Yuree Noh is a postdoctoral research fellow at the Belfer Center's Middle East Initiative. In Fall 2019, she will be joining Rhode Island College as an Assistant Professor in the Political Science Department. She specializes in authoritarian elections and their effects on the welfare of citizens -- such as political violence, state repression, and gender equality. In her book project, she investigates why some leaders use extensive electoral fraud whereas others do not. She argues that strong social cohesion can reduce fraud by facilitating the spread of information regarding rigged elections among citizens; informed citizens are more likely to solve collective action problems and mobilize themselves against the regime. She tests her argument using cross-national and subnational empirical data as well as qualitative evidence from Algeria and Kuwait. ​She received her PhD in Political Science from UCLA in 2018 and a BA in Political Science and Economics from Washington University in St. Louis. She also spent a semester abroad at the American University in Cairo.​ Her research has been funded by the Project on Middle East Political Science, UCLA's International Institute, Rice University's Baker Institute Center for the Middle East, and the Centennial Center for Political Science and Public Affairs.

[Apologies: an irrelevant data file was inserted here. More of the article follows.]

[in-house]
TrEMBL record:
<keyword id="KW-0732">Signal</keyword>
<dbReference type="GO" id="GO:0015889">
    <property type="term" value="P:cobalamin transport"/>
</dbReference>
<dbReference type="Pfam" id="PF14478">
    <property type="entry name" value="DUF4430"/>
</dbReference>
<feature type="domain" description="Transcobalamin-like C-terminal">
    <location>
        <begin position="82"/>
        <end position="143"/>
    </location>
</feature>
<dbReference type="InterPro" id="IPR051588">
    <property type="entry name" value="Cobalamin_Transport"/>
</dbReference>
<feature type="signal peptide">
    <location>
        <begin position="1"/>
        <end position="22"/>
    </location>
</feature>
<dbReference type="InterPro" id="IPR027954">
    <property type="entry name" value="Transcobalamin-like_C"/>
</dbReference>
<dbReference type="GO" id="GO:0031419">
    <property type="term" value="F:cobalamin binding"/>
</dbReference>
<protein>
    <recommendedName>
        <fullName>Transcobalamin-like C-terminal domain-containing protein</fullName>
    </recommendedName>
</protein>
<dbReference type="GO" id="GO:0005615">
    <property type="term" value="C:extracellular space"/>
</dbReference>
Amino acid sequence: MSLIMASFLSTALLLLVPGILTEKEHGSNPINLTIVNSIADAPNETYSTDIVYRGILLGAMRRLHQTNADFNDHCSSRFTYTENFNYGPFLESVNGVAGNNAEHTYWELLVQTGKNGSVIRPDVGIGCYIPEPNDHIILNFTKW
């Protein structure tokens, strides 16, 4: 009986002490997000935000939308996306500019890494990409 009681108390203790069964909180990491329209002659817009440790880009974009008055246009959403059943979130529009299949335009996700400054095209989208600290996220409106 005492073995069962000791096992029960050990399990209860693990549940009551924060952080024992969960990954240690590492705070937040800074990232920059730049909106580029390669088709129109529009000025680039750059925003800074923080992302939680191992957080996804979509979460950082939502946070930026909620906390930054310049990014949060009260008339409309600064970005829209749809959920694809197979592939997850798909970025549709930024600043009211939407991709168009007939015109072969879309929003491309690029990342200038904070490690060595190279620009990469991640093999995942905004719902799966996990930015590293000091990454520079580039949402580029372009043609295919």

Last Updated: Jul 2, 2018, 2:45pm